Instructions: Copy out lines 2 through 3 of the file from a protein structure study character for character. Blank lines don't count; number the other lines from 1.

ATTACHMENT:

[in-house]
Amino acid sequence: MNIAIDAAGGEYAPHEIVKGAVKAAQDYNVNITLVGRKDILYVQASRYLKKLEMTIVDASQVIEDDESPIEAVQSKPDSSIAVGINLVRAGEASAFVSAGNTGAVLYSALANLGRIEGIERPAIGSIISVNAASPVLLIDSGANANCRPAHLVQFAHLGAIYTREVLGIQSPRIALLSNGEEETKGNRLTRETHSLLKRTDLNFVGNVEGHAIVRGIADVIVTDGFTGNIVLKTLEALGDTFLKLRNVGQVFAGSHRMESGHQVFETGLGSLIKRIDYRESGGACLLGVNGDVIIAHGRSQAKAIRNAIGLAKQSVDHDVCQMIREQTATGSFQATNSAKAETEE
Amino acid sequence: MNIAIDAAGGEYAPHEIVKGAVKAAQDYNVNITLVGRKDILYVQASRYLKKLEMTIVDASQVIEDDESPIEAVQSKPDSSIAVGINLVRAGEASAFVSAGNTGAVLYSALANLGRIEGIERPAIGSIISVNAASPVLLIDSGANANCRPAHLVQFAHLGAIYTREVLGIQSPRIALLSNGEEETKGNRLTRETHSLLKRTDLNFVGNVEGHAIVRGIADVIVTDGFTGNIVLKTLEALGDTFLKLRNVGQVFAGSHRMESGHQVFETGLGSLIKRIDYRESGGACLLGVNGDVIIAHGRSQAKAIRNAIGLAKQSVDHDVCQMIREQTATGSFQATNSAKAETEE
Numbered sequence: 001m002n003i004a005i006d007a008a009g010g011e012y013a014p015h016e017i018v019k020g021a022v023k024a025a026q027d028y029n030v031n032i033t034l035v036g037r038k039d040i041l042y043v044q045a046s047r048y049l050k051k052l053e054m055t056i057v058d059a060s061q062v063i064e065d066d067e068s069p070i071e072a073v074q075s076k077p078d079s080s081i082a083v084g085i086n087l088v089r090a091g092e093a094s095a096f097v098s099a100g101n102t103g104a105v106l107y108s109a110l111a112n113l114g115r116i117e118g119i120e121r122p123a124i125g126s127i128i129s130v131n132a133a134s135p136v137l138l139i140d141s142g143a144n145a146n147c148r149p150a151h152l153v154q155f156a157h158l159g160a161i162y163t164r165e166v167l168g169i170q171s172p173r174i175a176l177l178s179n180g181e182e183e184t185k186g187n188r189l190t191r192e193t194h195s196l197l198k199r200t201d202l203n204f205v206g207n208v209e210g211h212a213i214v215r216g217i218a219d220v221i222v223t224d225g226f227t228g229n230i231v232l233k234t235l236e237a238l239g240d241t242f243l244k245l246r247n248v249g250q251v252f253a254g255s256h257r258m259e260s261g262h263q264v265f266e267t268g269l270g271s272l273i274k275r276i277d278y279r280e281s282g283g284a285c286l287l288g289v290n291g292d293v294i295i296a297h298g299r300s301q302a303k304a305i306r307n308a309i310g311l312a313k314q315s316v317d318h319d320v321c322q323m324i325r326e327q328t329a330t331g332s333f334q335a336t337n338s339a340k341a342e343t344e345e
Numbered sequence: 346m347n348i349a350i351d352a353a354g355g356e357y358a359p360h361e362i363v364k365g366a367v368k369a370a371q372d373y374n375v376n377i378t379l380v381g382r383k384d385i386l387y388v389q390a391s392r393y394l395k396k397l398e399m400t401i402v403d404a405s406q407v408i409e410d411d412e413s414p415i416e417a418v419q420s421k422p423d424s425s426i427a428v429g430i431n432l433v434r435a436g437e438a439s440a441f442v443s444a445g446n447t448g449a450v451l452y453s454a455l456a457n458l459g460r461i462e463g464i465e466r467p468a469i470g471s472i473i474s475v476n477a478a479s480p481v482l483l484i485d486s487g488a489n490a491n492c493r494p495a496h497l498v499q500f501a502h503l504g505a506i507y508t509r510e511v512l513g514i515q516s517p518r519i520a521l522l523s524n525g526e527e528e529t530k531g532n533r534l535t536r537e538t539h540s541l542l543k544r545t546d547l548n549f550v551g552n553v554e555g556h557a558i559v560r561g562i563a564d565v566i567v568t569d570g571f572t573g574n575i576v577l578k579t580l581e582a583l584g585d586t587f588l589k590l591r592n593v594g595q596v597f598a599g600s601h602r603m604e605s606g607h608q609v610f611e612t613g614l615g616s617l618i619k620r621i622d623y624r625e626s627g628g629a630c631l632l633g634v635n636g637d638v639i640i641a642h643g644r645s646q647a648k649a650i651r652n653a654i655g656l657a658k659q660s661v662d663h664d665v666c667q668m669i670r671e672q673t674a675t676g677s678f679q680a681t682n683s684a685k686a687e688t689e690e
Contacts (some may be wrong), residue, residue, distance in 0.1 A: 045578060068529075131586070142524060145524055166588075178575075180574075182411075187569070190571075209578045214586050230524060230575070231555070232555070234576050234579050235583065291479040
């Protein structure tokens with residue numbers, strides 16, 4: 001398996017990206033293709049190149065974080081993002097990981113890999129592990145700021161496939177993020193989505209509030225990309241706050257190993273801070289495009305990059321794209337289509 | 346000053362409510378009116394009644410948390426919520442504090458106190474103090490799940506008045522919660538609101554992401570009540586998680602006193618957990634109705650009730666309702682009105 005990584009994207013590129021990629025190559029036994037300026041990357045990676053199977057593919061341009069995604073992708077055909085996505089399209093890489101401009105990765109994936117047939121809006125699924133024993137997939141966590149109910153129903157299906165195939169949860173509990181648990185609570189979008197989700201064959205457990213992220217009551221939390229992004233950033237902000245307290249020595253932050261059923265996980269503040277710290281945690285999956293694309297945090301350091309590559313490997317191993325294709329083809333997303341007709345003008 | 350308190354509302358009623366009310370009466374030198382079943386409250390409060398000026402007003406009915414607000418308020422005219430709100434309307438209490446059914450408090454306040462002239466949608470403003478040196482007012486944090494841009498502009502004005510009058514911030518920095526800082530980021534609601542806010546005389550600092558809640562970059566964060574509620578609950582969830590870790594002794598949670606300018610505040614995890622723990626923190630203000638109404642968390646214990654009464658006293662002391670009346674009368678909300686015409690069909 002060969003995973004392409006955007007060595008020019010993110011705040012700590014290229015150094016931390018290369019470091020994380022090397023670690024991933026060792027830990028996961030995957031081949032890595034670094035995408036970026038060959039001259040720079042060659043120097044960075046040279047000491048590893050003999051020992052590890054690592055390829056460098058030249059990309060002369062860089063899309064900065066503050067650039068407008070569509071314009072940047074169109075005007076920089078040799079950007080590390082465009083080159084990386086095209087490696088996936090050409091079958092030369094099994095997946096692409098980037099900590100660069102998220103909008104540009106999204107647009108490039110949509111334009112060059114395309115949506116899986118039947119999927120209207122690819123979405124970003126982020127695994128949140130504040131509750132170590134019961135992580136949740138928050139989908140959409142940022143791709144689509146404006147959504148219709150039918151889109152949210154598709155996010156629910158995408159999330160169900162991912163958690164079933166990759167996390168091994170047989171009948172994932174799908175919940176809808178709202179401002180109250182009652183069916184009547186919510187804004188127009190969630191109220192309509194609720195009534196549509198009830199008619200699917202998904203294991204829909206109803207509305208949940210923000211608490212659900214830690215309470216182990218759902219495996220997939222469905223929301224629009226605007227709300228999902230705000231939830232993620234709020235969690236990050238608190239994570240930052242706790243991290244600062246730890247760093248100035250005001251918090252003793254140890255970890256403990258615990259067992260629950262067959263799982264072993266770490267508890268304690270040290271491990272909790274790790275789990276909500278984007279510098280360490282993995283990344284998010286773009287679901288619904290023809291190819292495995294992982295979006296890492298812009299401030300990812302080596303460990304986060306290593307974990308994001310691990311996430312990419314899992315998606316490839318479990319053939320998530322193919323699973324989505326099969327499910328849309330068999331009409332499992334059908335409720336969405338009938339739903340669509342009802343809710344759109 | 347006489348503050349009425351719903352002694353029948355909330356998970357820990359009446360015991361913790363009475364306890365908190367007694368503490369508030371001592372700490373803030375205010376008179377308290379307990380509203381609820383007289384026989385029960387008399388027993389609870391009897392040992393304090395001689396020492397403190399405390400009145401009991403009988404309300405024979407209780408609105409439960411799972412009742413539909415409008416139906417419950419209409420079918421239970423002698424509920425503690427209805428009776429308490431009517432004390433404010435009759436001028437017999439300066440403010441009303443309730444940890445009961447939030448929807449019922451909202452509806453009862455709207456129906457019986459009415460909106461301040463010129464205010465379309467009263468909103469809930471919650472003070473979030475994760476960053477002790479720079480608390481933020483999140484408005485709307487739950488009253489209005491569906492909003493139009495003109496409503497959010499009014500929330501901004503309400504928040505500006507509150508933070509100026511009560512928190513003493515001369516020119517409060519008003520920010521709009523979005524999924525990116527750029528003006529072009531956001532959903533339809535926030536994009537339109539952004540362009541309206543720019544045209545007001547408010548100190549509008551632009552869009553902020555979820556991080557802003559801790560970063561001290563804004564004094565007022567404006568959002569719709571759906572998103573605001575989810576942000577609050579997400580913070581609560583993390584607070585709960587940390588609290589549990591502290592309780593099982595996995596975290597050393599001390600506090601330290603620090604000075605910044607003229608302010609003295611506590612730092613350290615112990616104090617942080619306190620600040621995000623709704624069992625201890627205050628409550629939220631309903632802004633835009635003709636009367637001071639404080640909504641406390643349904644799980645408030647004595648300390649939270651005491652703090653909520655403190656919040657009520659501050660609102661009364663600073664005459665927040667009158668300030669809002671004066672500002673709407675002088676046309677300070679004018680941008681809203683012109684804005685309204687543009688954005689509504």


Amino acid sequence: MNIAIDAAGGEYAPHEIVKGAVKAAQDYNVNITLVGRKDILYVQASRYLKKLEMTIVDASQVIEDDESPIEAVQSKPDSSIAVGINLVRAGEASAFVSAGNTGAVLYSALANLGRIEGIERPAIGSIISVNAASPVLLIDSGANANCRPAHLVQFAHLGAIYTREVLGIQSPRIALLSNGEEETKGNRLTRETHSLLKRTDLNFVGNVEGHAIVRGIADVIVTDGFTGNIVLKTLEALGDTFLKLRNVGQVFAGSHRMESGHQVFETGLGSLIKRIDYRESGGACLLGVNGDVIIAHGRSQAKAIRNAIGLAKQSVDHDVCQMIREQTATGSFQATNSAKAETEE
Amino acid sequence: MNIAIDAAGGEYAPHEIVKGAVKAAQDYNVNITLVGRKDILYVQASRYLKKLEMTIVDASQVIEDDESPIEAVQSKPDSSIAVGINLVRAGEASAFVSAGNTGAVLYSALANLGRIEGIERPAIGSIISVNAASPVLLIDSGANANCRPAHLVQFAHLGAIYTREVLGIQSPRIALLSNGEEETKGNRLTRETHSLLKRTDLNFVGNVEGHAIVRGIADVIVTDGFTGNIVLKTLEALGDTFLKLRNVGQVFAGSHRMESGHQVFETGLGSLIKRIDYRESGGACLLGVNGDVIIAHGRSQAKAIRNAIGLAKQSVDHDVCQMIREQTATGSFQATNSAKAETEE